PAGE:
/ Brian “Doc” McKain, a poker player and property manager, managed his chips well enough to take down first place in the fifth event of the WSOP Circuit tour at Caesars Indiana, $1,000 no-limit hold’em. This came after another complex deal, following yesterday’s. Three-handed, McKain had a sizeable chip lead. After protracted negotiations, he agreed to lock up $45,000, with $35,000 for Ronnie Kevin and $32,000 for Bradley Hood. The finalists then played for the remaining $17,407 (plus a $5,150 seat in the championship event and the gold and diamond trophy ring). So McKain ended up with about $8,000 less than the official first-place payout of $70,675, but he wasn’t complaining.
McKain, 32, is single and from Scottsburg, Indiana. He enjoys basketball and working out and has been playing poker for 12 years. This is his fourth year playing Circuit events, and he won his seat here via a single-table satellite. Prior cash-outs include $52,845 for 11th in a WPT/World Poker Open event at Tunica, a $25,460 win at the Fall Poker Classic, and two prior Circuit final tables, here and at Rincon.
McKain likes pot-limit Omaha and high-stakes no-limit in cash games. He describes himself as a “deep thought” player who adjusts his strategy according to the table. In this event, he was short-chipped in early action, went on a rush when blinds were 50-100, and doubled through to take the chip lead with 10 players left when he hit a jack to his J-10 to beat an A-K.
Also playing in this event was the always entertaining Men “The Master” Nguyen, one of the top players whose picture adorns the wall of this poker room. He finished 28th, one out of the money, announcing, “I’m the bubble man.” But while out of the tournament, he was far from out of the picture. As the mentor of Kevin (whom he had an obvious financial interest in), he would later complain about player behavior, conduct the money deal negotiations, and even grab the mike to noisily narrate one hand. Welcome to Caesars Indiana, Men.
The final table of this two-day event started with blinds of 1,500-3,000, 500 antes and 43 minutes left. McKain led with 109,500 chips, barely ahead of Hood and John L. Sullivan, who won a ring in a $300 event here last year.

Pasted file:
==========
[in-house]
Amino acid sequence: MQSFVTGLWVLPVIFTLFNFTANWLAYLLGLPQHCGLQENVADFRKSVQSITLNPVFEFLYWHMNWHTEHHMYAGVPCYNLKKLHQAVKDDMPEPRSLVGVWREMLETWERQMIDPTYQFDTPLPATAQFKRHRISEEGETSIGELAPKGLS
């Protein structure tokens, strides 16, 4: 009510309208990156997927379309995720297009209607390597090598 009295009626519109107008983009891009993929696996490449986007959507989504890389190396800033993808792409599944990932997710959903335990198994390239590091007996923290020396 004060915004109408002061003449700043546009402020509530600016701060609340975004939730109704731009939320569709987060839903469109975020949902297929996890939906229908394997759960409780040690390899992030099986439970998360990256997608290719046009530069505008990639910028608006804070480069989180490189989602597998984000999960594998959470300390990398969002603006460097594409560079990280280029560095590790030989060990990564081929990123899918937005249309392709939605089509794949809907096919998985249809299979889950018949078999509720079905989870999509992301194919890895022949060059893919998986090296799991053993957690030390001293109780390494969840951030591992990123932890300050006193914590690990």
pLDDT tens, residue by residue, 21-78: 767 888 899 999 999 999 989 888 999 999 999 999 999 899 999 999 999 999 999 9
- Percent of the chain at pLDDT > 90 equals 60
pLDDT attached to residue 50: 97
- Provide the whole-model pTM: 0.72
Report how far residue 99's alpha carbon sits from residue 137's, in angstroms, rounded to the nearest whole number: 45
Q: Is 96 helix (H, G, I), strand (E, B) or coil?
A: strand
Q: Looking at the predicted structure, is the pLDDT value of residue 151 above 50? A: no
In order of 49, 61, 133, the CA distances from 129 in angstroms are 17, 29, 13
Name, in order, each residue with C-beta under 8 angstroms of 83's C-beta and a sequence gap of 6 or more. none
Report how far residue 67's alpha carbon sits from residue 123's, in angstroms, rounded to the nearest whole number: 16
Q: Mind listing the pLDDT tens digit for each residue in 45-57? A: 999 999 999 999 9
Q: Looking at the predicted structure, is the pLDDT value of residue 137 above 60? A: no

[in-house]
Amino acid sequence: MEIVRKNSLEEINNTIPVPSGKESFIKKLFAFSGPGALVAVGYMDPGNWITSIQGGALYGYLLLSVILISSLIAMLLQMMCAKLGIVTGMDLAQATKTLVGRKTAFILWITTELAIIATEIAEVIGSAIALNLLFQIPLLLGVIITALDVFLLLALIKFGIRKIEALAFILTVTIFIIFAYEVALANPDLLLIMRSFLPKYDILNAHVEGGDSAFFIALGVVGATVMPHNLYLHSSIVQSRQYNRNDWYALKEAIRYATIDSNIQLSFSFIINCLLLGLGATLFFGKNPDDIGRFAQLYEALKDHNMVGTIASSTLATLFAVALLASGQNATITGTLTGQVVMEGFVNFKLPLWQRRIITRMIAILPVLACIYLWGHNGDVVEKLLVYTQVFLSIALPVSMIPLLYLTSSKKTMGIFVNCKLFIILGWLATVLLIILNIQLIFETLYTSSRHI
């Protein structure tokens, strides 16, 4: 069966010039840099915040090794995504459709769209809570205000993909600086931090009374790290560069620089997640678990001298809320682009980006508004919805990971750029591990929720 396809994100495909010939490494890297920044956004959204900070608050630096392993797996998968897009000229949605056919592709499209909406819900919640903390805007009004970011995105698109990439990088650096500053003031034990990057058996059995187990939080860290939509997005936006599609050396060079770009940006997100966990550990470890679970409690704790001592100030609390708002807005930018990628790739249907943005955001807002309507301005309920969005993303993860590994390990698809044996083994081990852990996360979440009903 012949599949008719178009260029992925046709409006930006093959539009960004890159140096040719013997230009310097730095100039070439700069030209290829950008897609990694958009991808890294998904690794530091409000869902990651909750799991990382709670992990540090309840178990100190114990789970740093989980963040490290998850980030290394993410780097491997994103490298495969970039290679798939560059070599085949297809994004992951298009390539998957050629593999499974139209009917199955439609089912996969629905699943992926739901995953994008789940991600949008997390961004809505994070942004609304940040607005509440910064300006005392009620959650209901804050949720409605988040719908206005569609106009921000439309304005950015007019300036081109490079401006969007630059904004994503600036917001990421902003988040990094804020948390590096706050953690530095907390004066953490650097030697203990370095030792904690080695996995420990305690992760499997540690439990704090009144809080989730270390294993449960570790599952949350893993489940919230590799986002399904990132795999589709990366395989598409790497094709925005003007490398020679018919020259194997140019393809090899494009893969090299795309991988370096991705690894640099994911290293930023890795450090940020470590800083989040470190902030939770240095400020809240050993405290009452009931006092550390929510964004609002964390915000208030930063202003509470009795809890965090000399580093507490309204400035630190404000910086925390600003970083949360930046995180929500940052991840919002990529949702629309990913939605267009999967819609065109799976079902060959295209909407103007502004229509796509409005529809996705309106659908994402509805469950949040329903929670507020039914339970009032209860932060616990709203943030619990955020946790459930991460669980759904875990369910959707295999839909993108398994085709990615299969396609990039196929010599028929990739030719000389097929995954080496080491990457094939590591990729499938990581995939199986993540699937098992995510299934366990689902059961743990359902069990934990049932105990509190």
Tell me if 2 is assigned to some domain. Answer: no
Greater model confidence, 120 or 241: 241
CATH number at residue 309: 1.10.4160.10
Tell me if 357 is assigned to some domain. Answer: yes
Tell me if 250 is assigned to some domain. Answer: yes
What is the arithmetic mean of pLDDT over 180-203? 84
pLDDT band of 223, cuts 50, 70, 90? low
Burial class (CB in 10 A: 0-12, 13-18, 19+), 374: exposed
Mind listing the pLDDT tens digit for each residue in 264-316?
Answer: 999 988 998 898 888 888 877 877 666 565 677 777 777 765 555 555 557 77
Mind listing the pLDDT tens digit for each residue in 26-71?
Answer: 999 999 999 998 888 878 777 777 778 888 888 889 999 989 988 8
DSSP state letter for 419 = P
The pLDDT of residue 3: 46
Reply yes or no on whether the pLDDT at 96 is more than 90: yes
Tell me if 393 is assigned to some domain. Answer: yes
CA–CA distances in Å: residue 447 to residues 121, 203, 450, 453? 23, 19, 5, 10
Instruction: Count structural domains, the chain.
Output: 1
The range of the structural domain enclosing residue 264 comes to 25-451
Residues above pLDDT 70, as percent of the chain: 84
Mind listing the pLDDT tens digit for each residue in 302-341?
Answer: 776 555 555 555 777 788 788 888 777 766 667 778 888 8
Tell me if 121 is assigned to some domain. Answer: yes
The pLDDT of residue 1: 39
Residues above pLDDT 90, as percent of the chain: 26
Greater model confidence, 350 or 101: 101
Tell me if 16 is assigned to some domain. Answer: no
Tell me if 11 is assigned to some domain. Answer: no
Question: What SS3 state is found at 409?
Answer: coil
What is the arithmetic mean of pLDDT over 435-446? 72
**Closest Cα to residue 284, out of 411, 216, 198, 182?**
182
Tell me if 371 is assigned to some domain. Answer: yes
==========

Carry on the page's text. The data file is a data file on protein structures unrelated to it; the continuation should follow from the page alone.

Here were the starting chip counts:
|SEAT 1||Tony Gong||77,000|
|SEAT 2||Keith Correll||106,500|
|SEAT 3||Steve Weigel||34,500|
|SEAT 4||Ivan Carter||44,000|
|SEAT 5||Tony Ballahood||44,000|
|SEAT 6||John L. Sullivan||103,500|
|SEAT 7||Ronnie Kevin||51,500|
|SEAT 8||Bradley Hood||51,500|
|SEAT 9||Brian McKain||109,500|
First out, on the 10th hand, was Ivan Carter. He opened for 10,000 with A-J, and Ronnie Kevin put him for his remaining chips with pocket 7s. The pair held up on a board of 8-6-4-K-2, and eight were left.
Carter, 40, is an aspiring author from Fairfax Virginia. The only other info on his bio sheet read, “This county is ruled by rhetoric,” a cryptic quote which he failed to explain. He collected $4,417 for ninth.
Keith Correll came to the final table with the fewest chips, only 15,000. He hung on, doubling through twice, but bowed out on the 22nd hand when he moved in with pocket jacks and ran into Kevin’s pocket kings. When a king flopped he was dead to two running jacks. One turned, but the miracle fourth jack never came, and he finished eighth, worth $6,625..
Correll is a 41-year-old plant controller From Glenwood, Indiana, with an M.B.A. from Ohio State. He’s single, learned poker by watching TV four years ago, and his poker highlight was winning a $10,000 mega-satellite at last year’s WSOP.
Blinds now rose to 2,000-4000. Soon after, Tony “Bones” Bolahood was granted a dramatic reprieve to stay in action. He moved all in with K-10, was up against McKain’s pocket aces, and hit a straight on the river.
Less fortunate was Steve Weigel. The 46-year-old business owner from Woodland, Alabama, had the best hand when he moved in with his last 11,000 with pocket 10s, only to see McKain, calling with K-3, hit a trey on the flop and a king on the turn.
Weigel, whose nickname is “Big Daddy,” is married with three children and enjoys hunting and fishing. He’s been playing poker 25 years, “Learning the hard way from losing.” This is his third year of Circuit events, and he won $8,834 for seventh.